How Higher Ed “Loss Leaders” Influence Online Advertising

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Guest post by Eric Olsen
Web Content Manger, Lewis University

Yesterday, I drove thru McDonalds and picked up an ice cream cone for $0.54. An unbeatable deal. And surely, a loss leader for the company. Meaning that if McDonalds only sold ice cream cones, they wouldn’t stay in business very long. But most adults aren’t children like me, and order ice cream only after a #2 value meal that costs $7.00.

So, as a Higher Ed Institution, do you know your revenue-per-student-type figures and what your loss leaders are? Because, knowing your numbers can really make you aware of exciting prospect communication opportunities. For instance, let’s say a new freshman stays at your University, on average, for 3.09 years. (Note: This isn’t a years-to-graduation metric. This figure includes drop outs, and only notes the average time of stay per enrolled freshman.) And, let’s say a new transfer student stays at your University, on average, for only 2.68 years.

There’s your loss leader, right?

After all, this is the biggest reason why most prospect communications and marketing budgets target high schools and high schoolers. Because there’s a greater chance the new freshman student is going to attend your university for a longer period of time than the new transfer. That makes sense. But it’s only part of the equation.

Your Discount Rate (the average amount of Financial Aid) awarded and locked in to new freshman is probably significantly more than your Transfer Discount Rate as well, isn’t it? For this hypothetical example, let’s say your (Avg. Tuition – Avg. Discount Rate) brought in per freshman is $18,000 a year, and your (Avg. Tuition – Avg. Discount Rate) brought in per transfer is $20,000 a year.

FRESHMAN: 3.09 years avg. stay x $18,000/yr = $55,620 in net revenue.
TRANSFER: 2.68 years avg. stay x $20,000/yr = $53,600 in net revenue.

There’s a chance you’re spending the vast majority of your online advertising budget on traditional undergraduate students, when there’s a much less competitive audience that’s barely, if at all, less financially interesting. Perhaps your “loss leaders” aren’t really that, and you need to re-prioritize your marketing budget this summer? Of course, you already know this, because you’re acutely aware of your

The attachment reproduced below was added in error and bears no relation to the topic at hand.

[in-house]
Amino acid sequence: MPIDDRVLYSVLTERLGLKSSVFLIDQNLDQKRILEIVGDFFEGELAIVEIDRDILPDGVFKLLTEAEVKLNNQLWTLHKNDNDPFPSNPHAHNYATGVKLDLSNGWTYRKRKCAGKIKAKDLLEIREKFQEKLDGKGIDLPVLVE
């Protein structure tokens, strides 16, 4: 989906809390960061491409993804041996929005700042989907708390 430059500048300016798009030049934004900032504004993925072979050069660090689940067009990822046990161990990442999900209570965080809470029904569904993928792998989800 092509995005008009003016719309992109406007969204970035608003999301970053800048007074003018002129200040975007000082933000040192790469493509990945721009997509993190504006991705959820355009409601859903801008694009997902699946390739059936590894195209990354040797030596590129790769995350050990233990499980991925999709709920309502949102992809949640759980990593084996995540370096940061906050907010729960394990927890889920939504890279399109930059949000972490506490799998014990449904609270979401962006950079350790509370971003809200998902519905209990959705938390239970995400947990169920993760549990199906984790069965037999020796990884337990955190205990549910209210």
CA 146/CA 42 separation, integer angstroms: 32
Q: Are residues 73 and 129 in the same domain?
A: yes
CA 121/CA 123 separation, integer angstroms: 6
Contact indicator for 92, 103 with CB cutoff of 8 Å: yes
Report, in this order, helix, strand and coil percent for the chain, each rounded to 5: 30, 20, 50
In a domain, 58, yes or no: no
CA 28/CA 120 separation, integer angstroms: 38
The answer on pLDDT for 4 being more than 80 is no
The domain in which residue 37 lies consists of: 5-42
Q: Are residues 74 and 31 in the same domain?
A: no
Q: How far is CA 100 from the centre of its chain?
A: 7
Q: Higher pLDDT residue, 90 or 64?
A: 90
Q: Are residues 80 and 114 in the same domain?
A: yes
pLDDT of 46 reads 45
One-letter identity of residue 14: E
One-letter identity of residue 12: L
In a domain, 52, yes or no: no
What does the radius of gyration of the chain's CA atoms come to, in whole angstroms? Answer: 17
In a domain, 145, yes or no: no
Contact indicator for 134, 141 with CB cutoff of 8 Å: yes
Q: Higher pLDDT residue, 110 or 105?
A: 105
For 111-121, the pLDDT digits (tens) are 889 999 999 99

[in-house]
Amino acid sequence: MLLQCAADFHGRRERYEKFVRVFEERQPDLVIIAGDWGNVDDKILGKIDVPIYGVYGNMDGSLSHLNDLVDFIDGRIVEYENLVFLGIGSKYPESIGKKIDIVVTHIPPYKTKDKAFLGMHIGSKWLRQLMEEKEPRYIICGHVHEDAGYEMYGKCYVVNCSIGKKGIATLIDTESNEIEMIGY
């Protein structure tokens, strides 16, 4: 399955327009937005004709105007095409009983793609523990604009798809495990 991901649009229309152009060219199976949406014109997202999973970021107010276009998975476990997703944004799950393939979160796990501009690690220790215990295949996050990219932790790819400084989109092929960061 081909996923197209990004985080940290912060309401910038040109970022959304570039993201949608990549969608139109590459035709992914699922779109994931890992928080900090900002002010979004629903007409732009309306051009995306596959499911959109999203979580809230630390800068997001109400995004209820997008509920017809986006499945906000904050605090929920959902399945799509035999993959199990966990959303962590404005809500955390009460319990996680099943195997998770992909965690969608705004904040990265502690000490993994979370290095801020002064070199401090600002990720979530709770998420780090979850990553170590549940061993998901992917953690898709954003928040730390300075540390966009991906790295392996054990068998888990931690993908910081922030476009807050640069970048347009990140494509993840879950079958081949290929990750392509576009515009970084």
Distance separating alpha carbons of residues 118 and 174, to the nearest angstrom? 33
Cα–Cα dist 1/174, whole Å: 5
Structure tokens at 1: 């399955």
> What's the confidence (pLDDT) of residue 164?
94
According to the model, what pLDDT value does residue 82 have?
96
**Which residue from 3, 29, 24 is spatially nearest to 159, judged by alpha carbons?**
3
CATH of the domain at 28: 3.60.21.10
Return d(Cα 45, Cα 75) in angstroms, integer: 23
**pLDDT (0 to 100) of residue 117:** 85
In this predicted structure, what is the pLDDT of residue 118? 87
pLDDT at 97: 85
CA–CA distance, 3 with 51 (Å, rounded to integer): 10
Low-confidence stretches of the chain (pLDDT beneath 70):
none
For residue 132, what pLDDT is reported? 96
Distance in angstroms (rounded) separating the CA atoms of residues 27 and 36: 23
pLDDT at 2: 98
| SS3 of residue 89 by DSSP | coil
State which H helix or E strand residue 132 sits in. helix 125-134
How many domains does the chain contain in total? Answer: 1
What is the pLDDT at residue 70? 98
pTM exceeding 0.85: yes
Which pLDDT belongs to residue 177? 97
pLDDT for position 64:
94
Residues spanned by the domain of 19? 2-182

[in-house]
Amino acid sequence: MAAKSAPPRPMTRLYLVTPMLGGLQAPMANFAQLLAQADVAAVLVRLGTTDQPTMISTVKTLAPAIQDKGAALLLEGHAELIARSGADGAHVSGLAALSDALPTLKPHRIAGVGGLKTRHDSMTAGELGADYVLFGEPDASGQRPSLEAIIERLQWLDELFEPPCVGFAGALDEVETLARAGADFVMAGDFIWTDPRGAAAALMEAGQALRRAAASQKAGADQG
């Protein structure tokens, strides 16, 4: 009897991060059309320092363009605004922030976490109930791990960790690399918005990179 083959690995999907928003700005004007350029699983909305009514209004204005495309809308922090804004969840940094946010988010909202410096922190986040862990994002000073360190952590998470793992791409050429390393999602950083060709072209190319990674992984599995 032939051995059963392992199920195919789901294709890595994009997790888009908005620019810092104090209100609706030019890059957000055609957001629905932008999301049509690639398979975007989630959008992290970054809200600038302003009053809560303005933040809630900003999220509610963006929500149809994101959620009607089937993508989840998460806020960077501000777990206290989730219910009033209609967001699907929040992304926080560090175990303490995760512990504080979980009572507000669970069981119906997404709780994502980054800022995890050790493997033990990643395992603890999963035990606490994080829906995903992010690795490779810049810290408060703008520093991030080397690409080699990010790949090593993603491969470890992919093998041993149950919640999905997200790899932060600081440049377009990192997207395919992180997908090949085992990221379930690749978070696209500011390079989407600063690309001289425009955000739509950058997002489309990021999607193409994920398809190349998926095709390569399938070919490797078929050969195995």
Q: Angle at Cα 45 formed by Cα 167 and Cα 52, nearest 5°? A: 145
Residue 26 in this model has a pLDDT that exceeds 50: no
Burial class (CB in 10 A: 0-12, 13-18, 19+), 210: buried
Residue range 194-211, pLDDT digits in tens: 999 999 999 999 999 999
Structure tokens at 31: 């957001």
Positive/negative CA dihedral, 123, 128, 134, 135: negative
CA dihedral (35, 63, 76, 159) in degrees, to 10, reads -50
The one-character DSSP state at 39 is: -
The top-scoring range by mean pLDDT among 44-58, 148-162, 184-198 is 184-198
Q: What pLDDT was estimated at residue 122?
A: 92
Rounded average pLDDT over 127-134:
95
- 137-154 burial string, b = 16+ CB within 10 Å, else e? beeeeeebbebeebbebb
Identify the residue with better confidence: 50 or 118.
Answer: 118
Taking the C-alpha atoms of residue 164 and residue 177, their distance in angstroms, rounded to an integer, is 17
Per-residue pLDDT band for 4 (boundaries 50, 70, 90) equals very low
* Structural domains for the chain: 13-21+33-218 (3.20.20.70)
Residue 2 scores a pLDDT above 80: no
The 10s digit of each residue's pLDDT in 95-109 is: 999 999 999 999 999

institution’s numbers, right?

Eric Olsen is the Web Content Manger for Lewis University, a mid-sized Catholic and Lasallian
University near Chicago, IL.

Follow Eric on Twitter @eolsencreative

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  • http://twitter.com/isaacson isaacson

    isn’t this a bit over-simplified? Are all transfer students created equal? Are you really marketing to just those two groups only? I’m pretty sure there are a lot more factors here which make these types of equations much messier and is usually the reason that people avoid the numbers. If among the institution’s goals is to is raising the overall GPA and freshman on average have a higher GPA than transfer students, how do you factor that in? What about which of those two cohorts has a higher propensity to become a philanthropic donor? 

  • http://twitter.com/eolsencreative Eric Olsen

    “I’m pretty sure there are a lot more factors here which make these types of equations much messier and is usually the reason that people avoid the numbers.”

    Great point. This example is over-simplified. And individual University goals can rightly dissuade a turn to increased Transfer prospecting, even if they share figures like this. But, having numbers at the ready can also get us past the over-simplification that transfer students “just aren’t worth it.”

    This math wasn’t to prove a specific point besides let’s make sure we’re doing the math.